That's why Yvonne is backing Cancer Focus NI's campaign to raise funds to start up a support group for young women with breast cancer. The charity has launched the awareness and fundraising campaign Support Your Girls to encourage women to organise a girls' night in during October and also to stress the importance of checking your breasts regularly.

Yvonne Alderdice with her husband David and their children Zoe, Ross and Ciara in Bangor. Picture by Hugh Russell

Yvonne, who was working as an accountant prior to her diagnosis but is now a classroom assistant for special education needs, says a support group for younger women would be invaluable and that she definitely would have availed of one, had it been there during her illness.

“I have a friend who's only 43 and has cancer but at the time of my diagnosis I didn't know any woman my age who'd been through it,” says Yvonne.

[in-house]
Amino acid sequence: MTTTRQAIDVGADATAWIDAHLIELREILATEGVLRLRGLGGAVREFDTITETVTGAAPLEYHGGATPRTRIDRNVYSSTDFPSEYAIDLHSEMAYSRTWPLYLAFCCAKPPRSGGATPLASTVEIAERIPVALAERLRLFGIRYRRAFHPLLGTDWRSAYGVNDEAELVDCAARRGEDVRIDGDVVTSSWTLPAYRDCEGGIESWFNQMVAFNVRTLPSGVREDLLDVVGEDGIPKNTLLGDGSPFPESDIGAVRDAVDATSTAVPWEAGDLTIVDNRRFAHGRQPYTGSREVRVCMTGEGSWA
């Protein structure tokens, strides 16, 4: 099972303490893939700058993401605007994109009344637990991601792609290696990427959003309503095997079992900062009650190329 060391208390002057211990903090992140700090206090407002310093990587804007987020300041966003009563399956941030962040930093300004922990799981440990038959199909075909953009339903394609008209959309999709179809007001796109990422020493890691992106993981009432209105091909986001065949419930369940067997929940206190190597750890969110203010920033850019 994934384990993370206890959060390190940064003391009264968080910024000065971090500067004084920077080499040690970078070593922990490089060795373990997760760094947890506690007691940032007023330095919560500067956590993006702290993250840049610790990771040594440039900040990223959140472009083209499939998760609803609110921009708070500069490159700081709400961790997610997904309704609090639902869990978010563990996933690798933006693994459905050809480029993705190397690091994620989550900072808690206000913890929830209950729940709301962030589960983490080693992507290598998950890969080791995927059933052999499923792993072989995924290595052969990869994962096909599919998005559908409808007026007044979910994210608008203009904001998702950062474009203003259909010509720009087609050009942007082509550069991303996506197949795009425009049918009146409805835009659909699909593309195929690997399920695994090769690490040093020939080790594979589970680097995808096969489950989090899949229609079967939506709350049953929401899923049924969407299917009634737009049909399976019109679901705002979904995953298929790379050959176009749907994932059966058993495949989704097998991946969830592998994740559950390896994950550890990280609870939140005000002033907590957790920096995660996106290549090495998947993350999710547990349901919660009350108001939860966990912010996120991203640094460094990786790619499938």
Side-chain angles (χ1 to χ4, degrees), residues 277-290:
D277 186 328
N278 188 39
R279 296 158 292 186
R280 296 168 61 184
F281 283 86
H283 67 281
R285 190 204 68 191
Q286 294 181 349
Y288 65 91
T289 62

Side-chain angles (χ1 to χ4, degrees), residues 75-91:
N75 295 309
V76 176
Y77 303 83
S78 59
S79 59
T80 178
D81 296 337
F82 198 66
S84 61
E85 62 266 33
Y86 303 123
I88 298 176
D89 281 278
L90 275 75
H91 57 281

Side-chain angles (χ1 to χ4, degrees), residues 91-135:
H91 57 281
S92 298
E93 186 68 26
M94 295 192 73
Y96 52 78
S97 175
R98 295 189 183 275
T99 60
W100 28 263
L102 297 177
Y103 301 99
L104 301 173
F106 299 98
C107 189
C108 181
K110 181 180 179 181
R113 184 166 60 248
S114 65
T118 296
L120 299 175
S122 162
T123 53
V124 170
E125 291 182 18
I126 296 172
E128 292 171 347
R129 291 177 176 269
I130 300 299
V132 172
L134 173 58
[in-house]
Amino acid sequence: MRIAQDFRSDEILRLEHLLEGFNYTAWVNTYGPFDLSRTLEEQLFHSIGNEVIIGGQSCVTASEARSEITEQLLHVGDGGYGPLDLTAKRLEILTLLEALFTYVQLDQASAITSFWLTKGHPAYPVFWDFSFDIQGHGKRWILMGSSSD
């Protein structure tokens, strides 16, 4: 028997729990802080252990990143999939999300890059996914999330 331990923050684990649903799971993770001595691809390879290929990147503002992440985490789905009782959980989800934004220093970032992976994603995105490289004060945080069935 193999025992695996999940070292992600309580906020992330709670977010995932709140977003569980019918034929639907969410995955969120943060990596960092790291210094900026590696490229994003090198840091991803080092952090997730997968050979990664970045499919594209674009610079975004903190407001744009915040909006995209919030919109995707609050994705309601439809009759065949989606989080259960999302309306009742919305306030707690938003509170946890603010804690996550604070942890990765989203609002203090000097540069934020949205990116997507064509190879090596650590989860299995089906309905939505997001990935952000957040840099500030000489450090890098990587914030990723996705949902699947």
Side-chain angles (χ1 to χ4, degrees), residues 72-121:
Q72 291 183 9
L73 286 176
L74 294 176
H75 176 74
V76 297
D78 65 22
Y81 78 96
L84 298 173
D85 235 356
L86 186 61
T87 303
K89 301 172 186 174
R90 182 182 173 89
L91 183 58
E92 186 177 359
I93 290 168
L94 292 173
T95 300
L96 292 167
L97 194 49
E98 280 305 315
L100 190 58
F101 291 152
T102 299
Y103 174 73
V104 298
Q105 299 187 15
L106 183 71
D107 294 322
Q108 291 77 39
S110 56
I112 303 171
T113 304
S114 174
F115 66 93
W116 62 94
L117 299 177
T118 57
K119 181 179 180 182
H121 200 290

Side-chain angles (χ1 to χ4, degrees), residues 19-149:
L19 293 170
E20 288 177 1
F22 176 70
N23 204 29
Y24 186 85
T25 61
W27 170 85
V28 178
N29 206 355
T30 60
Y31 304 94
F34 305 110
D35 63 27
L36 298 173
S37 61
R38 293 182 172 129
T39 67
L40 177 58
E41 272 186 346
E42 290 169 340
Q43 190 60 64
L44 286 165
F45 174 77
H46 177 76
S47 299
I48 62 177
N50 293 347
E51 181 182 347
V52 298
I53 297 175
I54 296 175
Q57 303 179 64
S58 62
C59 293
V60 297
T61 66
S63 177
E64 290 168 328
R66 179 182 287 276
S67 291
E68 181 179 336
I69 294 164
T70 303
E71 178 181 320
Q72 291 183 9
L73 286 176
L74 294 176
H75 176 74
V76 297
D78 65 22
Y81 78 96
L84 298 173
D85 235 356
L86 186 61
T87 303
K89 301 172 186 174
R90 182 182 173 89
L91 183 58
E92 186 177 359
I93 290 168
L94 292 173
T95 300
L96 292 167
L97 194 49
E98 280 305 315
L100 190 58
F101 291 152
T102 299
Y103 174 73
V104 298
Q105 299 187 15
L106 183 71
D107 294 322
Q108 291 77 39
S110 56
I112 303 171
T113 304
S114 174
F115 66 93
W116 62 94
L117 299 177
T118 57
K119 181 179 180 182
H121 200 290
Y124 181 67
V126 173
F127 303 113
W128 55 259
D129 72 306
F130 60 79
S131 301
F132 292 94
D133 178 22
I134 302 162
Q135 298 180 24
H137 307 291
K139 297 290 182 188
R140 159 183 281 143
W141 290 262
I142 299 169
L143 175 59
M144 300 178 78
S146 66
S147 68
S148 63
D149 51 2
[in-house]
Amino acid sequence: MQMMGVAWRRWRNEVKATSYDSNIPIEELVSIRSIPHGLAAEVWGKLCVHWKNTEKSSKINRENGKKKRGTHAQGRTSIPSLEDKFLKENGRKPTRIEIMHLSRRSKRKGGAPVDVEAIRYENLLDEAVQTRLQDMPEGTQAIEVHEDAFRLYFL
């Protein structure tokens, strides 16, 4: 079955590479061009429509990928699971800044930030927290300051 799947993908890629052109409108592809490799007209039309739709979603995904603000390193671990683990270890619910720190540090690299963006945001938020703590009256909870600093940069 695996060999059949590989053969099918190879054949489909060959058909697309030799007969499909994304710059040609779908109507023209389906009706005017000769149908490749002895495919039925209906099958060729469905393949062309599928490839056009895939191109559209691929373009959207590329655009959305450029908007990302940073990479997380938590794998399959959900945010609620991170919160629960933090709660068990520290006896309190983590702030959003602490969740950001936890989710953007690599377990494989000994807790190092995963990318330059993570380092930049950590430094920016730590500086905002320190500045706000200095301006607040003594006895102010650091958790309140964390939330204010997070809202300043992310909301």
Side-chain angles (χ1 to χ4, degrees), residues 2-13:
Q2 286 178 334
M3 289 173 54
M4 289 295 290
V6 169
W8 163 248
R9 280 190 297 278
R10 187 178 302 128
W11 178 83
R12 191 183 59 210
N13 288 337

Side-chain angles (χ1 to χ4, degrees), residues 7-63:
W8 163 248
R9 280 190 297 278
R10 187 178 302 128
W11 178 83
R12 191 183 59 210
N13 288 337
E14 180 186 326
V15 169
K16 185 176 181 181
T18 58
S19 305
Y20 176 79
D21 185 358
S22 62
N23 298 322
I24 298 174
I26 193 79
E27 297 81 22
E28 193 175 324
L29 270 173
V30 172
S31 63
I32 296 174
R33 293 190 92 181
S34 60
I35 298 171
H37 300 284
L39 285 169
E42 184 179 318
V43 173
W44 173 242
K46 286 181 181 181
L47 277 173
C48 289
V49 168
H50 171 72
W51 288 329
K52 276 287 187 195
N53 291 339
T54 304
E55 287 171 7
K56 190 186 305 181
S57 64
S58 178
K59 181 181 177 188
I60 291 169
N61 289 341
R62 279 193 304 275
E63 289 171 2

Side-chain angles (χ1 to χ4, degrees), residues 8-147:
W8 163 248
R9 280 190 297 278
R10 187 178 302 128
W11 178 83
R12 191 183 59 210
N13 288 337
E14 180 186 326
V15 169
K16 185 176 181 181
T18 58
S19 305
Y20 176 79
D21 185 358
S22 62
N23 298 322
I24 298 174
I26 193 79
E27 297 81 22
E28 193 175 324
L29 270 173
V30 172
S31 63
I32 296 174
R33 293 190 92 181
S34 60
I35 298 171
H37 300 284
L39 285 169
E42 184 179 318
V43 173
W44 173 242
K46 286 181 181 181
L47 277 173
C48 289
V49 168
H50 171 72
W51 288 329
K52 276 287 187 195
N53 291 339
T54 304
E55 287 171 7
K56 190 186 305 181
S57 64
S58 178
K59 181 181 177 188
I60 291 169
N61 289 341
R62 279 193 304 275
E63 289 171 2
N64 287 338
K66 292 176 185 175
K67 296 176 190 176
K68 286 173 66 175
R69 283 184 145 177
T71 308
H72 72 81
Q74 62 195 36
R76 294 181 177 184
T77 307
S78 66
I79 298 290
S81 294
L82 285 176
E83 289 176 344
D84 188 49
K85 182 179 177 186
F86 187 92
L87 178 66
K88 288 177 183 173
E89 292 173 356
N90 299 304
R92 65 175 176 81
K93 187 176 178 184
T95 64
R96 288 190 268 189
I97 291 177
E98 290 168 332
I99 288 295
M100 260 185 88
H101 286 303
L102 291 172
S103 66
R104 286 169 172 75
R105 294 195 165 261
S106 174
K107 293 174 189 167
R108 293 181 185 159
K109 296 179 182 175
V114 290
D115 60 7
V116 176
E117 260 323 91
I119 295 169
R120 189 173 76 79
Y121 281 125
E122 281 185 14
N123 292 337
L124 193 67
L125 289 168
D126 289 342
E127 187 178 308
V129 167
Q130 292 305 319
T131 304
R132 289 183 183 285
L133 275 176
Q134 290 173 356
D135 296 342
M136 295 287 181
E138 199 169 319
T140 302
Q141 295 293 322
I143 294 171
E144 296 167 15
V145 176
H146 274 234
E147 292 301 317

“My dad died of cancer and one of our neighbours died too from it. But there was no-one my age I could talk to or share my worries with. My husband was fantastic. He travels with work but stayed at home for six months while I was having my treatment.

“But still, it's such an isolating experience. If you break a leg, there's always someone else who's broken one too and can talk to you about it. Yet I literally knew no-one as young as me who was going through this.

“I’m doing the best I can now to support my friend who has cancer. My children take great pride in supporting her children in every way they can. They hope that they can make things a little easier on them and ease their fears.

“I think a support group for younger women is such a good idea with all the issues they may have planning a family, getting married or looking after children. Meeting up with women who have come through it gives you hope and it’s great to have a safe place to acknowledge your fears and worries and hopefully have them eased.”